Lynne Cheney key speaker at joint fundraising event
|Lynne Cheney, right, talks with Dr. Max S. Wicha, director of the Comprehensive Cancer Center, and his wife, Sheila Crowley. (Photo by Paul Thacker)|
It is important to give children the knowledge and understanding
of the ideals that helped build this country, Lynne Cheney said
during a speech before 275 people at a joint fundraiser for the
Make-A-Wish Foundation and the Cancer Center Childhood Cancer Program
There are so many stories about men and women who worked to make our great country greater still, and our children should know these stories so they can take up the task of making America a place where every person can fully exercise his or her God-given right to life, liberty and the pursuit of happiness, said Cheney, the wife of Vice President Dick Cheney.
Cheneys focus on children and knowledge went well with the theme of the night, Words for a Wish and a Cure: A Celebration of Books and Music. Cheney praised the event and the work of Make-A-Wish Foundation and the Childhood Cancer Center.
If one were to think of all the worthwhile things one might do, it is hard to imagine that there are any more important undertakings than helping a child have a moment of joy and helping a child overcome an illness, Cheney said.
The fundraiser also attracted the Grammy-winning Irish group, The Chieftains. Attendees clapped their hands and tapped their feet to the groups upbeat songs.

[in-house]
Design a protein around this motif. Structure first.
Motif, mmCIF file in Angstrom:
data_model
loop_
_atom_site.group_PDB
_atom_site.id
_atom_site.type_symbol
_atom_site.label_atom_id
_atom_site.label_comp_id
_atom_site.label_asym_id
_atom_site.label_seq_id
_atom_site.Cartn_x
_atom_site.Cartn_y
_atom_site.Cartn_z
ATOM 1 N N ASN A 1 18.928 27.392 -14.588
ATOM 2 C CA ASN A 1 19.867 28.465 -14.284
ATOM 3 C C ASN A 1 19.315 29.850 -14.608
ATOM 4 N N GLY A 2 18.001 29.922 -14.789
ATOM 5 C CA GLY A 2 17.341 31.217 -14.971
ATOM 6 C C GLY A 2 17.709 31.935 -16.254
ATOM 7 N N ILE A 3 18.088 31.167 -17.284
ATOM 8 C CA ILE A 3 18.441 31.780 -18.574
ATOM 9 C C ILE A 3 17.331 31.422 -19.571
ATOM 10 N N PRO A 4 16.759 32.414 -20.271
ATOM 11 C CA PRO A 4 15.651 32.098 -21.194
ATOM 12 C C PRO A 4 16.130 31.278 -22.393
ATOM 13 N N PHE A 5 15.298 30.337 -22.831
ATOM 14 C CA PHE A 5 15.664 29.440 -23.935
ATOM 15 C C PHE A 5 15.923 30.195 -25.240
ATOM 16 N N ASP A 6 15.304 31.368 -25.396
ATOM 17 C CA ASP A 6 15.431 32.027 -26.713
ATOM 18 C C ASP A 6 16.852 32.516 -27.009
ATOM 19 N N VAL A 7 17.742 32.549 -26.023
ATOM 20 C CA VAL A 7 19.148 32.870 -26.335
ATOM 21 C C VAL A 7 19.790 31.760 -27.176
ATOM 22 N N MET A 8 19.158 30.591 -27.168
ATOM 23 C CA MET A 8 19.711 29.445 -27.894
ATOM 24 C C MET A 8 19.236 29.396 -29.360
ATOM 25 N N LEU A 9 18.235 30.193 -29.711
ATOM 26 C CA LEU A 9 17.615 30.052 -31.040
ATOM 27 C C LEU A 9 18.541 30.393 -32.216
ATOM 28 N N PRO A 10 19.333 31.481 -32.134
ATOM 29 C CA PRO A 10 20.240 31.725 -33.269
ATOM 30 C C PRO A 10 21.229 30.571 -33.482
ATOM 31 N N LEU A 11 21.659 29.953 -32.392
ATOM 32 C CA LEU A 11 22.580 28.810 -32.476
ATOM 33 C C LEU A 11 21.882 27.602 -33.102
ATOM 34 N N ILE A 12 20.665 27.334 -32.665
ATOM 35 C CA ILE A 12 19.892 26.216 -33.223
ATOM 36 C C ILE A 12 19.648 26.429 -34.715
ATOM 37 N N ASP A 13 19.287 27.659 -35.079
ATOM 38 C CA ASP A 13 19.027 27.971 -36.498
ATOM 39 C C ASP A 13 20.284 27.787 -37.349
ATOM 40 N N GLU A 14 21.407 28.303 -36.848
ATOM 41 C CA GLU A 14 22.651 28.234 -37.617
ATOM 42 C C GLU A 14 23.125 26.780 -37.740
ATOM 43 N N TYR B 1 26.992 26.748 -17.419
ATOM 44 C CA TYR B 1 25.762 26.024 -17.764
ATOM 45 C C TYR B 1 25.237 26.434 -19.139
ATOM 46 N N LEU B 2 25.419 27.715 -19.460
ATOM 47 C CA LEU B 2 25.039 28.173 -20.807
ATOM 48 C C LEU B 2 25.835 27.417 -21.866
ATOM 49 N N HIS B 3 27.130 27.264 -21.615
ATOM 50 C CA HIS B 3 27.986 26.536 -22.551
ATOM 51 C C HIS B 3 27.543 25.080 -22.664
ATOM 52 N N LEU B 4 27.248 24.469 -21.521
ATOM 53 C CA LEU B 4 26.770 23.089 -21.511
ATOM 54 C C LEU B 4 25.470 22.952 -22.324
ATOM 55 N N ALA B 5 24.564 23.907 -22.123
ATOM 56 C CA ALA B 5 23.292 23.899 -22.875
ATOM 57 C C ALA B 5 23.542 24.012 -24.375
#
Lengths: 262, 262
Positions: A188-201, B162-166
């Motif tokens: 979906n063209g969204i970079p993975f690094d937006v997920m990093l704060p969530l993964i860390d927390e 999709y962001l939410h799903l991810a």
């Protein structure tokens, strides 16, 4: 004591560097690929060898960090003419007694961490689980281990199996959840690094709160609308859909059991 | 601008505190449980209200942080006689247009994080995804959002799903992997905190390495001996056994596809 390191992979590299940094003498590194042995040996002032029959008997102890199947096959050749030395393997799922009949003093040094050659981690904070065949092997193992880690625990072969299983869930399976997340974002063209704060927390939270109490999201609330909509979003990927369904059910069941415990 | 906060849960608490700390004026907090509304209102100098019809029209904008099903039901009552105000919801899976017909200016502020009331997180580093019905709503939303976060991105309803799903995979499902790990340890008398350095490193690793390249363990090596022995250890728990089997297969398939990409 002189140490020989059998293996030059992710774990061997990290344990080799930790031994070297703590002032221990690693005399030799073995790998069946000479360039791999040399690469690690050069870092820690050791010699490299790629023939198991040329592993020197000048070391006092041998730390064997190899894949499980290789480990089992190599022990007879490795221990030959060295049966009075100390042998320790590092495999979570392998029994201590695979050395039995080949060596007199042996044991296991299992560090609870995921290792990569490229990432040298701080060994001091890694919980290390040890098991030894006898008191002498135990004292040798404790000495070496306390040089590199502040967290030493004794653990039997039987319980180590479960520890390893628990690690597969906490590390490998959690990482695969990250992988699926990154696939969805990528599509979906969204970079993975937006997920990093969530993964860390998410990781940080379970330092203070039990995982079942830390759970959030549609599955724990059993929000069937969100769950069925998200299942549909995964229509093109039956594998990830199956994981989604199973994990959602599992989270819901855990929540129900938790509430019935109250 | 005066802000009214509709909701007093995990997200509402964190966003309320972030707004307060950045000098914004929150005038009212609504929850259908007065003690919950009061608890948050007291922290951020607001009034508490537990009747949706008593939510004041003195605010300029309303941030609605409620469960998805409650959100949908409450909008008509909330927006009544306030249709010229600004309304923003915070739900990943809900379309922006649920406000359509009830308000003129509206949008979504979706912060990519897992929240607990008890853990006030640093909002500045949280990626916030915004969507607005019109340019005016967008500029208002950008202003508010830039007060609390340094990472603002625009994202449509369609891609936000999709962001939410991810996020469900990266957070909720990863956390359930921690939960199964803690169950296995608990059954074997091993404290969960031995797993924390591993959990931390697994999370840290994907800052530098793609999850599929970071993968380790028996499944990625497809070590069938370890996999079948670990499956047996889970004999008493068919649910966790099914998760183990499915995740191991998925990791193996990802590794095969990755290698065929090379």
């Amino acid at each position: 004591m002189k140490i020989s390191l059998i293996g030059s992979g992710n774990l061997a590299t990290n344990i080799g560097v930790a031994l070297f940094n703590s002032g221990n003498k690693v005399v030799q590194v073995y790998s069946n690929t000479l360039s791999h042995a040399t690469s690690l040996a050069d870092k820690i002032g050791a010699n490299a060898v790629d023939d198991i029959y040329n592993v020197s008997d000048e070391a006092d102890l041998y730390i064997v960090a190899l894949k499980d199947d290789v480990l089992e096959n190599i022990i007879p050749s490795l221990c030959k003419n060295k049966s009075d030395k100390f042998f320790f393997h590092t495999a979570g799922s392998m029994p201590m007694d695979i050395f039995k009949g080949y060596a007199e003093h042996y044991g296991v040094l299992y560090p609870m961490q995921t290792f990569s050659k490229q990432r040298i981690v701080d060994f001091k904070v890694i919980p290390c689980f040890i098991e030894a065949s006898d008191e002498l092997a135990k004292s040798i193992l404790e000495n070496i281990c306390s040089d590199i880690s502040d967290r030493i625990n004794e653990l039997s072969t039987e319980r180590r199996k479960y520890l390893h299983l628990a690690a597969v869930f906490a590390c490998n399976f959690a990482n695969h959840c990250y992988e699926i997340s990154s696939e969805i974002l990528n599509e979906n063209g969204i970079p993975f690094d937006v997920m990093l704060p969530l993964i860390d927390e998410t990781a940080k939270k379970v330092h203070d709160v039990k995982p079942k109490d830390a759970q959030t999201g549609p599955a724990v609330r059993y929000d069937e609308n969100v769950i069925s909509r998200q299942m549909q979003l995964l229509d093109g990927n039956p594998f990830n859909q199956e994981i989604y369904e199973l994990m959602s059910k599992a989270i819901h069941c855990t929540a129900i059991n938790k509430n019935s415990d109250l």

The event raised $100,000 to go toward fulfilling childrens wishes through the Make-A-Wish Foundation, and helping fund a Neuroblastoma Research Fellowship to find a cure for neuroblastoma, a common childhood tumor. The money also will go to help grant four specific wishes for children being treated at U-M, said Laura Hindle, the event co-chair.
It is amazing how many wonderful, kind, generous people there are in the world, said Susan Lerch, president and CEO of the Make-A-Wish Foundation of Michigan.
To get Lynne Cheney to come to an event like this says a lot, said Valerie Castle, co-director of the Childhood Cancer Program and associate provost for academic and faculty affairs.
The event, the first fundraising collaboration between the two organizations, served two needs of the community, she said.
There has never been a fundraiser in Ann Arbor for Make-A-Wish, and not many people know about the Childhood Cancer Program within the community, so it was a wonderful opportunity for two special organizations to come together, Castle said.
While this was the first combined fundraiser of the two organizations, they have a long history of working together. The Childhood Cancer Program is the top referrer of children to Make-A-Wish, Hindle said.
The Childhood Cancer Program, the largest in the state, has referred 250 children to Make-A-Wish since 2000, Castle said. Make-A-Wish has provided $1.5 million in services to the children, she said.
Attending the event were several children whose wishes came true. Jessica Waldron, who recently spent a weekend in Chicago fulfilling her dream to record a CD, received a standing ovation after performing the song Hero.
Seven-year-old Megan Gruenbergs wish was granted when she and her parents went to Disney World in 1997. Gruenberg, who was diagnosed with neuroblastoma when she was 2, confessed a love for the Dumbo ride, and guessed she rode it a hundred times.
It was like being royalty; every detail was taken care of. It made Meg feel very special, and it was very humbling for us, said Jessica Gruenberg, Megans mother.
This royal treatment is what the program strives for, Castle said.
It is dreadful to be diagnosed as a young child with cancer, she said. Make-A-Wish gives them something to look forward to.
The evening also featured a silent auction, which included an opportunity to have 250 hard-cover copies of a written work published by Edwards Brothers Inc. and Sleeping Bear Press. Videos shown at the event highlighted the faculty, staff and patients in the cancer program and the stories of Make-A-Wish Foundation recipients.